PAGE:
Updated: Friday, 7th August 2020 @ 1:30pm

A Taste of Honey for Salford with sweet tribute to playwright Shelagh Delaney

A Taste of Honey for Salford with sweet tribute to playwright Shelagh Delaney

| By Rosemary Collins

Salford residents can celebrate the legacy of groundbreaking playwright Shelagh Delaney with a taste of honey.

Salix Homes housing association, who now own the Duchy Road home where Delaney wrote her most famous play A Taste of Honey, are teaming up with Kersal Vale Beekeepers to produce commemorative honey pots for the second year running.

The pots will be given to visitors during Shelagh Delaney Day events at Salford Arts Theatre on next month.

Lee Sudgen , Salix Homes chief executive, said: “We hope Shelagh Delaney fans will treasure these honey pots as our community unites once again to celebrate the life and work of one of Salford’s most famous daughters.”

Salford’s Shelagh Delaney Day marks what would have been the playwright’s 77th birthday.

She was born in Salford in 1938, the daughter of a bus conductor who failed the 11-plus exam four times and left school at the age of 17.

Delaney wrote her first play, A Taste of Honey, in just ten days at the age of 18.

She was inspired after she saw Terence Rattigan’s Variations on a Theme at Manchester Opera House and felt that she could do better.

A Taste of Honey first opened at the Theatre Royal Stratford East in London on 27 May 1958, and was a runaway success.

Considered shocking at the time, it tells the story of Jo, a young working-class girl who becomes pregnant after an affair with a black sailor and is cared for by her gay friend Geoffrey.


CONTROVERSIAL: A Taste of Honey was considered shocking at the time (Pic: Woodfall Film Productions) 

The 1961 film, starring Rita Tushingham, won four BAFTA awards.

Delaney, who died in 2011, wrote extensively for theatre, film, radio and television, but A Taste of Honey remains her most famous work.

Salford town council criticised the play as an insult to the town at the time, causing her to refuse a later request to donate her manuscript to the town’s library.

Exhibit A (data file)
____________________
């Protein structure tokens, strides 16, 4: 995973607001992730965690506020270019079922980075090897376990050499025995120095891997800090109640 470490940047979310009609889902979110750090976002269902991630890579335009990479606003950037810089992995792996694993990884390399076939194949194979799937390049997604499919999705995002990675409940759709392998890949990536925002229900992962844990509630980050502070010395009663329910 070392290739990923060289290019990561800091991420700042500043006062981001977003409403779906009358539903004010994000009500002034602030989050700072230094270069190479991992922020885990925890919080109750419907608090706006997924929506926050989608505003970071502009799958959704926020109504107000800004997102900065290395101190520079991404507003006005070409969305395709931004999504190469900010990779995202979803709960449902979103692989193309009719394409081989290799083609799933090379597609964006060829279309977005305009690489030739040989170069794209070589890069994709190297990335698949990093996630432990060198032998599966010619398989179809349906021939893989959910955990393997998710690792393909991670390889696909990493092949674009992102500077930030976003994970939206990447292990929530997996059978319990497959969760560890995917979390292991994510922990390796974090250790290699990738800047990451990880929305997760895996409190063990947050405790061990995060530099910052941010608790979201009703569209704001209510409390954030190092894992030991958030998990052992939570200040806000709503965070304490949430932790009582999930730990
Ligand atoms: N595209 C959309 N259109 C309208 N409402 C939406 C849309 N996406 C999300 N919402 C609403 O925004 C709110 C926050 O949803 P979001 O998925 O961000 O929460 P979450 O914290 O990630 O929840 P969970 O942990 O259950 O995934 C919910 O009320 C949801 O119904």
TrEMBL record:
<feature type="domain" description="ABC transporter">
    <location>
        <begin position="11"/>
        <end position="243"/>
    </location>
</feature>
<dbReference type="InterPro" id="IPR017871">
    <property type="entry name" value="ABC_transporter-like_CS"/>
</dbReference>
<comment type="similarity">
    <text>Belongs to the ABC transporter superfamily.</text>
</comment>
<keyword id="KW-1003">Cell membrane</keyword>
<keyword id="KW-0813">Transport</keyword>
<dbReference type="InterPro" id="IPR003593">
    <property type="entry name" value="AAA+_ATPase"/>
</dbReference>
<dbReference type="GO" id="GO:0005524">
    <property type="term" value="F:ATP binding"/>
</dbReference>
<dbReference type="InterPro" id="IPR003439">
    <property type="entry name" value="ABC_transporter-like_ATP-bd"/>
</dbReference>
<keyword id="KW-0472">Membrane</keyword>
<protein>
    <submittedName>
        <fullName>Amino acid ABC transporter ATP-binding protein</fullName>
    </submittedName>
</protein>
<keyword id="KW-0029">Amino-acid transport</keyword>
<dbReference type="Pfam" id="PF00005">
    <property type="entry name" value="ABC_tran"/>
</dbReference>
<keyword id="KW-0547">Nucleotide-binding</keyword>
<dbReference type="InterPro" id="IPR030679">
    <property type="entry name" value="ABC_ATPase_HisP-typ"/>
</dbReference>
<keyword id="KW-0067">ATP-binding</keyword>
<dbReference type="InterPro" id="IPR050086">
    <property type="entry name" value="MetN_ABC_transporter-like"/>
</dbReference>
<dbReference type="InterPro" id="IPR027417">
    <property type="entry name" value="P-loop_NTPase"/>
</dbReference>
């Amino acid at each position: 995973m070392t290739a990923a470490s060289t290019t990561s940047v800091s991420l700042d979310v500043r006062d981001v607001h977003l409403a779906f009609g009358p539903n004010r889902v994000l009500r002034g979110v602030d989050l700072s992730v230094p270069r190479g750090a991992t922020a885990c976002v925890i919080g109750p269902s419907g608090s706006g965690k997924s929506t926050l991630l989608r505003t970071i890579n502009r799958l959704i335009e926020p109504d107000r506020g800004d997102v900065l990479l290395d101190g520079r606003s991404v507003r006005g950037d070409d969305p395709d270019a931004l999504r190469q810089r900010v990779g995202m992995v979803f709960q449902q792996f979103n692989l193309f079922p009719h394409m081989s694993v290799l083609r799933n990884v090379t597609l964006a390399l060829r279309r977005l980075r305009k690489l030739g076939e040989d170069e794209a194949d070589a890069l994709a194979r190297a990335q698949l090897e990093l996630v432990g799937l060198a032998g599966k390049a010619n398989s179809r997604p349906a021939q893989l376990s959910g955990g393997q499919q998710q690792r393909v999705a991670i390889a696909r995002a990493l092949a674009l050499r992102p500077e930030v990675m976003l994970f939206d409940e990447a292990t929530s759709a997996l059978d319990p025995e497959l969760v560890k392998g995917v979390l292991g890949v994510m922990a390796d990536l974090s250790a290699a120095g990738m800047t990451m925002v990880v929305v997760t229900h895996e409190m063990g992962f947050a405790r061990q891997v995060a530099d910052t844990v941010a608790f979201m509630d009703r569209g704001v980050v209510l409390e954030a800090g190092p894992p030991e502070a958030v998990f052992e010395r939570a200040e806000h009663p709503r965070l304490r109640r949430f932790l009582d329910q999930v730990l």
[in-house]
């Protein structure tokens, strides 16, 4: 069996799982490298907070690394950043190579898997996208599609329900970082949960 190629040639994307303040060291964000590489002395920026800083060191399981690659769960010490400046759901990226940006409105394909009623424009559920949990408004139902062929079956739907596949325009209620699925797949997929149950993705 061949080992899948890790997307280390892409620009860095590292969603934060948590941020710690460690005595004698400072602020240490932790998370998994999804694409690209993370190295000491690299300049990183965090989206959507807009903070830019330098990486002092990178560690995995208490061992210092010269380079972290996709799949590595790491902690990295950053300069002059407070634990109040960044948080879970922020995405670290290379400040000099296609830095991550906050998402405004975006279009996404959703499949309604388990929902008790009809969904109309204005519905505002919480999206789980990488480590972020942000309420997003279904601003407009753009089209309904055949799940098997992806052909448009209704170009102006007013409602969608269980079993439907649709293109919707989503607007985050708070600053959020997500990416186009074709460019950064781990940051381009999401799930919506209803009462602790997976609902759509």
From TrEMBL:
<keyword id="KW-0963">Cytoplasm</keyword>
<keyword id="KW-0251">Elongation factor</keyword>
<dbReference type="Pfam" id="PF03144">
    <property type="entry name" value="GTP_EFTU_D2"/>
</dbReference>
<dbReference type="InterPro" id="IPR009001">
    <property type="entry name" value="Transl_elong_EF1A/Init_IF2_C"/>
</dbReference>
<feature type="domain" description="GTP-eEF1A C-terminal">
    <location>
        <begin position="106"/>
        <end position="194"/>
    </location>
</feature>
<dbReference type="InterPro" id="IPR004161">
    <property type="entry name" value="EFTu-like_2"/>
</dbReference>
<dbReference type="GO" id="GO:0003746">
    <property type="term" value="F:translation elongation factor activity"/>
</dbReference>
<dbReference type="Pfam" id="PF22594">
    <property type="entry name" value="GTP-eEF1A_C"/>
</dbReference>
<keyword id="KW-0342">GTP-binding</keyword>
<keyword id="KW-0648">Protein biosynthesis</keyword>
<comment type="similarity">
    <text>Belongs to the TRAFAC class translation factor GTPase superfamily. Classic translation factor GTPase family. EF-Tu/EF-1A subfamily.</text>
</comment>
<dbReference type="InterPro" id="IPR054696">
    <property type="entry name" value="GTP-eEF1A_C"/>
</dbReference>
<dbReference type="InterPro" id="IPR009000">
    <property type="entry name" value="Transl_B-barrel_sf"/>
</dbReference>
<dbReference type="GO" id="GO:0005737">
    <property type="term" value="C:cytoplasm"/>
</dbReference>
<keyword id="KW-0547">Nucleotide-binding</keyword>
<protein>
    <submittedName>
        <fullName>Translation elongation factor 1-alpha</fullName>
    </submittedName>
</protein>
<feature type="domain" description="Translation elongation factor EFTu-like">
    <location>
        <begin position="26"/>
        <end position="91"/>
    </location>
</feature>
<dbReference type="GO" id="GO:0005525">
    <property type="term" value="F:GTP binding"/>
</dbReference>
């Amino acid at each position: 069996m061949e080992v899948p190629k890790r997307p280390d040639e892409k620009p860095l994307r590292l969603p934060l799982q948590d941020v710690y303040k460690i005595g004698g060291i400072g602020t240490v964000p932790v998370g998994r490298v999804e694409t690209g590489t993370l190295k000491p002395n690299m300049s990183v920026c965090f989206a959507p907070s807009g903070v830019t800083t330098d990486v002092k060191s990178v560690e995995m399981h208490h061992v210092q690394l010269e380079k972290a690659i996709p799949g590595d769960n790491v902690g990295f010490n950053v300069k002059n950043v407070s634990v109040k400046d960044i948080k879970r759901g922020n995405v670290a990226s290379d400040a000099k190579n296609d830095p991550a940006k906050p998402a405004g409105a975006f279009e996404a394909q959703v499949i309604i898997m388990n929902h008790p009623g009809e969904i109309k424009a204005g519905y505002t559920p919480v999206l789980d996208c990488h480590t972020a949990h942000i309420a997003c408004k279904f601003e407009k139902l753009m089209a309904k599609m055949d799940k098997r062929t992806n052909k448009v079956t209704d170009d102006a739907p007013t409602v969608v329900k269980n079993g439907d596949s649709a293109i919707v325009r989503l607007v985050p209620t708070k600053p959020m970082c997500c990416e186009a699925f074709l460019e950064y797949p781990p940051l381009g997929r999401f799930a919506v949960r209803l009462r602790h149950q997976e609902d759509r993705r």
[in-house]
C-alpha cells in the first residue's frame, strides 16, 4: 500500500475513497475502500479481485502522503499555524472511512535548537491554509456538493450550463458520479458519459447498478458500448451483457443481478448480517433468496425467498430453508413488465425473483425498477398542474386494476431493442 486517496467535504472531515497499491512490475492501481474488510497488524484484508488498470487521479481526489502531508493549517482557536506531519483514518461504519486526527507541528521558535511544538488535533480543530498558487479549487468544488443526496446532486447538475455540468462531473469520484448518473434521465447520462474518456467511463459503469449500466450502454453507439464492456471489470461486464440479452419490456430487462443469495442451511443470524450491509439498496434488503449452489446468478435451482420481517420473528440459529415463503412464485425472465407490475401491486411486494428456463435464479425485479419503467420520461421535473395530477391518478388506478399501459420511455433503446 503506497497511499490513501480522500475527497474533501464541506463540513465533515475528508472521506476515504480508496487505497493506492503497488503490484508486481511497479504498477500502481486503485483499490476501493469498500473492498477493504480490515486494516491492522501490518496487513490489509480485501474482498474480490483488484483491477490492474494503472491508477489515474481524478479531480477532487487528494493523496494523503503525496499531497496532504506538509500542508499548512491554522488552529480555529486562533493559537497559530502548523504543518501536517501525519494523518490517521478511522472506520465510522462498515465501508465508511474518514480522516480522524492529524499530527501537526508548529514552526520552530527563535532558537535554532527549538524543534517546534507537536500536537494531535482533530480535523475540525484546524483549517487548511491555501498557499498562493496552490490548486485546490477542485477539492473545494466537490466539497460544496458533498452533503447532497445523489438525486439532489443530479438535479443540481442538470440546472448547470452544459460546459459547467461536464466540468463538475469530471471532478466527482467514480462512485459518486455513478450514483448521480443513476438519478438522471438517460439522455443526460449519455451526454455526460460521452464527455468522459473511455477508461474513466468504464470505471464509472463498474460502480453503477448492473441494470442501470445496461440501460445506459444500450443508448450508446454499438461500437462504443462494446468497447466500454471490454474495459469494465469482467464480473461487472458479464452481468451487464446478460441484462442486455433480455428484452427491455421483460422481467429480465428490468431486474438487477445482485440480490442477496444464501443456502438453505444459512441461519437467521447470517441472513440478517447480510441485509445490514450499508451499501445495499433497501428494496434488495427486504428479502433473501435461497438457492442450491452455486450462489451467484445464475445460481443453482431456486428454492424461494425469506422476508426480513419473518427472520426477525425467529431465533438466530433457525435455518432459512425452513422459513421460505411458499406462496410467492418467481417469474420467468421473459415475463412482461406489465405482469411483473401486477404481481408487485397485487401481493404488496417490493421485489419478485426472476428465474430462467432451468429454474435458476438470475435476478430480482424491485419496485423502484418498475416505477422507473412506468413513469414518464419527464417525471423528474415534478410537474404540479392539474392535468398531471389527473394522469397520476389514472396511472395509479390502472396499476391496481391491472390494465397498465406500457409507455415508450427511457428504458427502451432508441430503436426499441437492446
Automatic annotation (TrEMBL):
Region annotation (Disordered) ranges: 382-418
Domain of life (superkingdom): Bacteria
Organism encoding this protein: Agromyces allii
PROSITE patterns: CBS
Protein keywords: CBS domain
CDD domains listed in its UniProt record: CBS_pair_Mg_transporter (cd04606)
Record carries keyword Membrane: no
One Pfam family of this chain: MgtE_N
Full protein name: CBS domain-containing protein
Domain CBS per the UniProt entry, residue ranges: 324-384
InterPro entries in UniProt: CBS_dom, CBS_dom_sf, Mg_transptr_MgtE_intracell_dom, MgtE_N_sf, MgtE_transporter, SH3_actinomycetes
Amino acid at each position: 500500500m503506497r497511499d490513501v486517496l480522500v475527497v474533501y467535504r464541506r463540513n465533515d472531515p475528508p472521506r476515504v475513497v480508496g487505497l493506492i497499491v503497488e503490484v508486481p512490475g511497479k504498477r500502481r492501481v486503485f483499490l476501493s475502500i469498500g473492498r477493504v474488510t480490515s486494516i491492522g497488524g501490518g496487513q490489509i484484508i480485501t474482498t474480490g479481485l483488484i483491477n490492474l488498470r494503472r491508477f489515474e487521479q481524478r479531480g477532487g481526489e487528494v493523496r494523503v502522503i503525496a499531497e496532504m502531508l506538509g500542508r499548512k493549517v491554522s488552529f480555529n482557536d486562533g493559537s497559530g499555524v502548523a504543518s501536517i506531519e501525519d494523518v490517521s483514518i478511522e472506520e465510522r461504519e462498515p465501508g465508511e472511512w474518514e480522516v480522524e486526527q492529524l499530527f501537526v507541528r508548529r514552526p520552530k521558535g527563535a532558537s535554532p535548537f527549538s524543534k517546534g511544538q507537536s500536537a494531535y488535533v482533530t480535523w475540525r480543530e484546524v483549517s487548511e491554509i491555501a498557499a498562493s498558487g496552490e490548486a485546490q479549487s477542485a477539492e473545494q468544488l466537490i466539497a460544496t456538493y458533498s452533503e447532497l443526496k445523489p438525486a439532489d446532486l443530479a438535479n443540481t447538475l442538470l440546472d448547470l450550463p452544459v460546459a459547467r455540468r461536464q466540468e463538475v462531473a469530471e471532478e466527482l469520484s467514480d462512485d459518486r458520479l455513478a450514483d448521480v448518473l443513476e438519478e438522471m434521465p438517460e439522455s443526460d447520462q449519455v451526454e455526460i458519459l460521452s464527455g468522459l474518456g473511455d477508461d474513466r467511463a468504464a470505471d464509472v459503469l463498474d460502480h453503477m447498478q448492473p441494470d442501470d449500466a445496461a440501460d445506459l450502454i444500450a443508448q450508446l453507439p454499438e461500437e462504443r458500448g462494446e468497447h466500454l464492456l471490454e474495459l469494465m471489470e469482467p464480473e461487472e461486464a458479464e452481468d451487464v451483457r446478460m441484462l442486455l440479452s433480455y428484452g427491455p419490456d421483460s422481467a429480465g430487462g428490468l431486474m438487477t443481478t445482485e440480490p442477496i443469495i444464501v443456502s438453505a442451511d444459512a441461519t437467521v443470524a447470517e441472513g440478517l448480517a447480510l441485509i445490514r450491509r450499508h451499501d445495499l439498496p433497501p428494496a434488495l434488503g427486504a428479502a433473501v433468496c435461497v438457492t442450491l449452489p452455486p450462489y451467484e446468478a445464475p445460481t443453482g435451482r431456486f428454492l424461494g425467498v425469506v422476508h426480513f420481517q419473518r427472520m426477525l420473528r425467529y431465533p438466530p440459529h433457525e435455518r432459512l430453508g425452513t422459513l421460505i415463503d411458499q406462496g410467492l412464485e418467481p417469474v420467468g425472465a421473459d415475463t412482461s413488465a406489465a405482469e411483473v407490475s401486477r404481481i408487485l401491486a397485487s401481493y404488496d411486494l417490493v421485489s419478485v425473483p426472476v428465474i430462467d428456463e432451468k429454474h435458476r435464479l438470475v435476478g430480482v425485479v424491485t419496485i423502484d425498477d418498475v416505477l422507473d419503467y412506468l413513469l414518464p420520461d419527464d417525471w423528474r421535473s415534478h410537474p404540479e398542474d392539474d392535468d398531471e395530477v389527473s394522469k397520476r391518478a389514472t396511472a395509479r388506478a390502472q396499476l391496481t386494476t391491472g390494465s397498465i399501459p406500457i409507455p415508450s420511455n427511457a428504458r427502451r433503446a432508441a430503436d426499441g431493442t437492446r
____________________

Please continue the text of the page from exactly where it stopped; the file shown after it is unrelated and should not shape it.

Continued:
However, in recent years Salford has sought to make up for lost time and honour the playwright’s memory.


SLAMMED: Shelagh Delaney, seen here in a BBC documentary, was criticised for A Taste of Honey by Salford council chiefs at the time (Pic: BBC)

Salfordian Louise Woodward-Styles campaigned for and organised Shelagh Delaney Day, which was first held last year.

This year’s events include the world premiere of The Close to Home Show, an evening of music and storytelling celebrating Delaney’s work and influence.

It will include a performance by contemporary music ensemble Thumb and Salford Theatre Company of “All About and To Be a Female Artist”, Delaney’s collage of the negative reviews, begging letters and threats she received after A Taste of Honey’s first performance.

The show also features drama by Salford Arts Theatre Technique and Performance Class, other Delaney-related music and a performance of the winner of a writing competition for best short story set in Salford.


SWEET: The special edition honey pot in memory of Shelagh Delaney

Delaney’s daughter Charlotte and composer Stuart Stevens will appear for a pre-show interview.

Other events include a performance of A Taste of Honey and a Shelagh Delaney Creativity Star Award for an individual or group from Salford who has shown exceptional creative talent or innovation.

As part of last year’s events, Salix Homes installed a plaque on Delaney’s childhood home, which was unveiled by her friend, Salford artist Harold Riley.

City councillor Steve Coen is also campaigning for a local tower block to be named after her.

To find out more about Shelagh Delaney Day, visit www.shelaghdelaney.org, and to book tickets call 0161 9250111.